(Bloomberg) -- Brazil is losing one of its most reliable growth drivers as the coronavirus pandemic deals an unprecedented blow to consumer demand, according to a set of leading indicators for the retail sector.
Consumers in March cut spending on everything from big-ticket purchases including vehicles to smaller items such as food and drinks, according to data provider Serasa Experian, which said overall declines were the biggest in decades. That’s put official retail data published Tuesday showing an increase in sales in February into the rear-view mirror.
Since mid-March, the pandemic has upended consumer spending that accounts for roughly two-thirds of gross domestic product in Latin America’s largest economy. In the past, retail sales powered growth on the back of greater credit access and a growing and more confident middle class. Now, the crisis is shuttering outlets from clothing stores to bars and exacerbating already high unemployment.
“With people staying at home more and many brick-and-mortar stores closed, the consumption of goods automatically falls, especially of non-essentials such as vehicles and construction materials,” said Serasa Experian economist Luiz Rabi.
Long gone are days when electronics and televisions flew off the shelves as retail sales posted year-on-year gains that reached the double digits. While not nearly as vibrant as the start of the last decade, consumption showed strength in 2019 with a streak of seven straight monthly retail increases boosted by record-low interest rates.
Still, the outbreak of the virus, which has killed more people in Brazil than anywhere else in Latin America, sent consumer confidence tumbling in March to its lowest level since the country emerged from recession in early 2017. Vehicle sales dropped to the lowest in two years, car maker association Anfavea reported on Monday.
Serasa Experian’s gauge of commercial activity recorded the biggest monthly fall in March since the start of the index in 2000. Data collected by payment company Cielo showed nominal retail sales were off 22.4% during the same period amid a 47.8% plunge in services such as travel and 36.1% decline in durable goods such as clothing.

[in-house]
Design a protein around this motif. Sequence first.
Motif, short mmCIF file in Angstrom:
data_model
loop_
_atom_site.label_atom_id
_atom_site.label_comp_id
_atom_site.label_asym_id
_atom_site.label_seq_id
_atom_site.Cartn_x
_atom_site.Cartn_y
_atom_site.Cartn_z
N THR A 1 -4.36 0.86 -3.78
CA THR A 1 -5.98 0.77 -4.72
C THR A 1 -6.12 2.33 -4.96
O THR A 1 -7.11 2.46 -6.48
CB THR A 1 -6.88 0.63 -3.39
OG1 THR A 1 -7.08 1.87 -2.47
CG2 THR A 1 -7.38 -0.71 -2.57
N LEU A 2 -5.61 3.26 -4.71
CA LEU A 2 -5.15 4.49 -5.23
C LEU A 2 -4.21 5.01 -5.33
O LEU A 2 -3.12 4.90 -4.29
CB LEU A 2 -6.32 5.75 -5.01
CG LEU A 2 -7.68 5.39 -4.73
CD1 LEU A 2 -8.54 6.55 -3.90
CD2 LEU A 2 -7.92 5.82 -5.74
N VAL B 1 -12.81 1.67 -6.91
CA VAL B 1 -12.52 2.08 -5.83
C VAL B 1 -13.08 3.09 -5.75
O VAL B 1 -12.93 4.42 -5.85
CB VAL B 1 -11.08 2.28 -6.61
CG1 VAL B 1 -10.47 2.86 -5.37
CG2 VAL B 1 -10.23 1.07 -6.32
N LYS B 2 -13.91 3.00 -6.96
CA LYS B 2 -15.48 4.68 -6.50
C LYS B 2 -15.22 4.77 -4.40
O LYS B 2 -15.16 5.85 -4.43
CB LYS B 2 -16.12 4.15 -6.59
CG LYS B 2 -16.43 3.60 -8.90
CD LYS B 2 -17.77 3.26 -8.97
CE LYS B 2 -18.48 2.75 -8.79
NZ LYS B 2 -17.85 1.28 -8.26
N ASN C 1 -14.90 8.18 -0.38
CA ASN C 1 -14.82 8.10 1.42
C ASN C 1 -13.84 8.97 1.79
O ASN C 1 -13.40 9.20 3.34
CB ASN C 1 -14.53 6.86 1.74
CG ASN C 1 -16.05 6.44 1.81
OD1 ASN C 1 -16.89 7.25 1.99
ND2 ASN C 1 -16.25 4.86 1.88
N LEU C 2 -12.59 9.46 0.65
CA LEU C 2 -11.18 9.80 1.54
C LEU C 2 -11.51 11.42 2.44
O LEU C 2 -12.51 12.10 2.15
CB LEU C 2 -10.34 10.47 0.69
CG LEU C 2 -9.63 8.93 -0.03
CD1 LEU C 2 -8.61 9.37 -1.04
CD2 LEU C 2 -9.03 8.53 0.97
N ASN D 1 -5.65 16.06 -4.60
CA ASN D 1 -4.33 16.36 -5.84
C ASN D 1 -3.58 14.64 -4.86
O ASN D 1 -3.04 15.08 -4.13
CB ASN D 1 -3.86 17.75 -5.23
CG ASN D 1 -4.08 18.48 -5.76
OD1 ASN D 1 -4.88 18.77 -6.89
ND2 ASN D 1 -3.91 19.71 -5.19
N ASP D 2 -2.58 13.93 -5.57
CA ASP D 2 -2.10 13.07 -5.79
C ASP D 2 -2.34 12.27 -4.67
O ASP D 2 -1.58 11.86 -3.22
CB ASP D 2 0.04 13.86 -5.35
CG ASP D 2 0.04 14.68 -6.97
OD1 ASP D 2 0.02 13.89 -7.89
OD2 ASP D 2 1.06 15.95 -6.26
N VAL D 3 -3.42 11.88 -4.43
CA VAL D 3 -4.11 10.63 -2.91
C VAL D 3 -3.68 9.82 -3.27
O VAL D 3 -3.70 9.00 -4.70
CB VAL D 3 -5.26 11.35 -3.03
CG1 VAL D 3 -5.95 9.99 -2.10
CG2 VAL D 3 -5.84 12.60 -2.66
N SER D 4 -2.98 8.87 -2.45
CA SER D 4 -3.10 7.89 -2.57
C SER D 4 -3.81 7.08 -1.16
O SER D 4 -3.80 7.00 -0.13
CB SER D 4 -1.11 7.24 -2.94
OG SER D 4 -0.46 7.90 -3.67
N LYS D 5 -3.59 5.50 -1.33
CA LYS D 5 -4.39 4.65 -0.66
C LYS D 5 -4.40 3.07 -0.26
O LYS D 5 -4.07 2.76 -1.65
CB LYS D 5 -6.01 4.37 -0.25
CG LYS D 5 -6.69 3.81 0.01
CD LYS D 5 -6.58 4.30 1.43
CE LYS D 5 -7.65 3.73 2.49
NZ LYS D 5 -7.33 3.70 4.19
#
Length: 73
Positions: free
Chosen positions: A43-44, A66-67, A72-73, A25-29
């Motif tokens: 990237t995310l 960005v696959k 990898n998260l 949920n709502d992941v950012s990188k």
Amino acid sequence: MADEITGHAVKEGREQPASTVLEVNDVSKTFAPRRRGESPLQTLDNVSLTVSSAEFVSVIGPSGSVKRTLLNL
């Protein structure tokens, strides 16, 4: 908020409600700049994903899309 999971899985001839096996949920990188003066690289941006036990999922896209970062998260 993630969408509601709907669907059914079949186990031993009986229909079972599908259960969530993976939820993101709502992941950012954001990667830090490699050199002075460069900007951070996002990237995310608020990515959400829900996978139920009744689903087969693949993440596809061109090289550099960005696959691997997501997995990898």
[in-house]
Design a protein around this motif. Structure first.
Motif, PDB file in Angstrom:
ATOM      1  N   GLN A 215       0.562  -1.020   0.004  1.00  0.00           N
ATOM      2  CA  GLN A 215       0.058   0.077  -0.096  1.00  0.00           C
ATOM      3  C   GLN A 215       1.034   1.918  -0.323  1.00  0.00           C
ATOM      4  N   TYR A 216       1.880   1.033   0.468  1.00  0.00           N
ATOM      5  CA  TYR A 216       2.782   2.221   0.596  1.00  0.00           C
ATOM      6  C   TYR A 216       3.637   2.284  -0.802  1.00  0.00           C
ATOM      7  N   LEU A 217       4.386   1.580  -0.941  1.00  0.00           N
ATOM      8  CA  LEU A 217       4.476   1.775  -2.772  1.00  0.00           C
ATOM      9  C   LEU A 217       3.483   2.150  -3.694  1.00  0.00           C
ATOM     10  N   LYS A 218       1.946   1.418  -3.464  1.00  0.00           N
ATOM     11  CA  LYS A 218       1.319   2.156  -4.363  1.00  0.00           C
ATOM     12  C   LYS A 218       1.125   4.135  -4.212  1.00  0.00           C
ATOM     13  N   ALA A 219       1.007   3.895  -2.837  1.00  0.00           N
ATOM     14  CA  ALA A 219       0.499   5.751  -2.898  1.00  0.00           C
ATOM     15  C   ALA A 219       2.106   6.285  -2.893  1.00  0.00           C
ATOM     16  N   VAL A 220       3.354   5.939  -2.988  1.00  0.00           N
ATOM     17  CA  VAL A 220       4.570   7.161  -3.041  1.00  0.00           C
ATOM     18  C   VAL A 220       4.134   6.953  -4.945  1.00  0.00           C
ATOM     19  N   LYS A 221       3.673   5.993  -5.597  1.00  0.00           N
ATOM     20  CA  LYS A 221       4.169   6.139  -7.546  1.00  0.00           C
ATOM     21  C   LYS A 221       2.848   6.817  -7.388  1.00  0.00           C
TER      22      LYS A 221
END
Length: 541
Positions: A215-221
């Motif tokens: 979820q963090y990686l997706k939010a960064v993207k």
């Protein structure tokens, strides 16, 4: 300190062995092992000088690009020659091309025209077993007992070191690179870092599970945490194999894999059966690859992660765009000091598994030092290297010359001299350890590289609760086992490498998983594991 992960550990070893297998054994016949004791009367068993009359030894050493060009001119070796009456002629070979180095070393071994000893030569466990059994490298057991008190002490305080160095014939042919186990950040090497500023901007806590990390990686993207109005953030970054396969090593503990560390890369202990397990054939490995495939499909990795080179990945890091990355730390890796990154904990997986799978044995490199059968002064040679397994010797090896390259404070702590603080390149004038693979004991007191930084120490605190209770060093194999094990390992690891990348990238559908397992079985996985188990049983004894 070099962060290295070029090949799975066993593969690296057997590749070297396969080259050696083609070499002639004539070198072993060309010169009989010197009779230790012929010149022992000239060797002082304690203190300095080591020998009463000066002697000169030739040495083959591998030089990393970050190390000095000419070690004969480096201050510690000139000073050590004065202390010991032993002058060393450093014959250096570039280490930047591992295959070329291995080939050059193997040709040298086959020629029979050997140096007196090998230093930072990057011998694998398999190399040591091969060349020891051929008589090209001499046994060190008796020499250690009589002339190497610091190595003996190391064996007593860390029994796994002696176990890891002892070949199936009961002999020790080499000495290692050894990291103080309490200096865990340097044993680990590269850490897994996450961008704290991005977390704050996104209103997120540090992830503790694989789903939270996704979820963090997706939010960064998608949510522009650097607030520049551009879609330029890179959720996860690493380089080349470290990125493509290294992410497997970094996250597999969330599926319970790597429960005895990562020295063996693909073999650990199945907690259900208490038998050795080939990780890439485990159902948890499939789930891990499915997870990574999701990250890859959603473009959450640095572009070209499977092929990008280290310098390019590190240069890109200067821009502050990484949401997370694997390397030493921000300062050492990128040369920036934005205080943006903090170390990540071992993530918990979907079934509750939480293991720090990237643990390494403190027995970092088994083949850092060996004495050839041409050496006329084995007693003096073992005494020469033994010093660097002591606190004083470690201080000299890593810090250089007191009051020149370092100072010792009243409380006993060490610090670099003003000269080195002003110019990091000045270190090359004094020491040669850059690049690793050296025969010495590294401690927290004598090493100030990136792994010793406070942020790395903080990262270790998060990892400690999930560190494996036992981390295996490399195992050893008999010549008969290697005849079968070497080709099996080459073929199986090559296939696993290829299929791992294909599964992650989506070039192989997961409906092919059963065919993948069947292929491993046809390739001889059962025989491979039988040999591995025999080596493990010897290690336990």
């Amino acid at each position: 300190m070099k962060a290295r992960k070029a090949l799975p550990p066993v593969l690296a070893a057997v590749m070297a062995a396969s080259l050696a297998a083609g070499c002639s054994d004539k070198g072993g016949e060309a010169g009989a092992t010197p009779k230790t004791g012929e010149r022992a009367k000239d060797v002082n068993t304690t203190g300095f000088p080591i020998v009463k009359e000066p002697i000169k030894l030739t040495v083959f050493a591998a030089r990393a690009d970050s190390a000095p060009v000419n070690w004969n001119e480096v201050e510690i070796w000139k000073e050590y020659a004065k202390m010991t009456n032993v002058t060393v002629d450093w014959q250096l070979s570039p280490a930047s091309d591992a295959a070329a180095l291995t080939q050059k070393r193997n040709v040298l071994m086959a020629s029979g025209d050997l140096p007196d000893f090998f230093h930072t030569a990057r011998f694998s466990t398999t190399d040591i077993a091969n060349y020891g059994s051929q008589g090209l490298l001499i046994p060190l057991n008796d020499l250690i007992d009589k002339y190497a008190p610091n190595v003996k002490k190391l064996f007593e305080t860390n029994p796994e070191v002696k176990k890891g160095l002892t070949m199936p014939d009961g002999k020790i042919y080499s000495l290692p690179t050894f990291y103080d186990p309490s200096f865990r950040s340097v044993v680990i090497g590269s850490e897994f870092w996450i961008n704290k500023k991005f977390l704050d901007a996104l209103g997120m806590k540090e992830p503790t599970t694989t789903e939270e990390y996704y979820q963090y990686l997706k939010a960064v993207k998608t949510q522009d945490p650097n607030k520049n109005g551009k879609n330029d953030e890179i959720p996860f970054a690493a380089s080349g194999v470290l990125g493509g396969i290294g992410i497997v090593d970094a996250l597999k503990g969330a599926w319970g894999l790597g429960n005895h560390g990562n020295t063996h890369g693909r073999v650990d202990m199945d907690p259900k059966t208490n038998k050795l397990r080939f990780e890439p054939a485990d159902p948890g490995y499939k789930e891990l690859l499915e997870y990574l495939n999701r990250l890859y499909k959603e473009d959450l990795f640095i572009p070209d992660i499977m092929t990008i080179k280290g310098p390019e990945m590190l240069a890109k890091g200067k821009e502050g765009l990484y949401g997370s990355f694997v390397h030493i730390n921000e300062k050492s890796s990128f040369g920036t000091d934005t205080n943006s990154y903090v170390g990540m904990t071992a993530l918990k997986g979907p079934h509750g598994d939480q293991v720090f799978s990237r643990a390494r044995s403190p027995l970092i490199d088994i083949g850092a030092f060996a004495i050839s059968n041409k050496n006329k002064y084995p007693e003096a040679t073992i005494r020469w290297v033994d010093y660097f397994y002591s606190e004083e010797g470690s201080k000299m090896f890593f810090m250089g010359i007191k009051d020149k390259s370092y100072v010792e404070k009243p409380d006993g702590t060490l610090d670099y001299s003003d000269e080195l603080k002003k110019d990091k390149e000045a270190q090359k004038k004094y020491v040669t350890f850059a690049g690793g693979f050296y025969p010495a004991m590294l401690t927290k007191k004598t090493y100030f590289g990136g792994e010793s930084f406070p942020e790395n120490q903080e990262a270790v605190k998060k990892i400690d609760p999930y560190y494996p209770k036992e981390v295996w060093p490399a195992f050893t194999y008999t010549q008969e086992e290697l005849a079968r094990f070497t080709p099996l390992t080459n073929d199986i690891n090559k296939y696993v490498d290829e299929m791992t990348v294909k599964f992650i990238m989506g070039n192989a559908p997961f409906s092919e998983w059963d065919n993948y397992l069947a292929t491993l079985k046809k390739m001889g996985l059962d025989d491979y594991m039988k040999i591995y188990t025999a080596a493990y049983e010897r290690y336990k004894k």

Clothing retailer Marisa Lojas is one of the many chains that’s seen a sudden fall in consumer demand. The company saw a 50% drop in foot traffic at its open stores, CFO Adalberto Santos said on an earnings call last month that was held just before the company decided to temporarily close all of them.
When asked about 2020 sales forecasts, Santos said making predictions amid such uncertainty was difficult. “Any numbers or anything we say here will be just guessing,” he said according to the transcript of the call. “So I’d rather not say anything.”
Indeed, whereas 2020 growth estimates above 2% were nearly consensus in January, banks such as JPMorgan Chase and Bank of America Merrill Lynch are now forecasting gross domestic product to contract between 3% and 4%. Brazil’s Economy Ministry is officially expecting no growth this year.
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Complicating matters is the slow arrival of government aide for workers amid the current crisis, according to Adriana Dupita, a Latin America economist at Bloomberg Economics. Put together, workers’ struggles coupled with the closing of stores mean there’s no way to avoid a direct hit to consumption in upcoming months.
“Even if people were allowed to shop, they would not have money to pay,” Dupita said. “All coincident indicators point to a double-digit plunge in retail sales in March, and the picture is even gloomier for April.”
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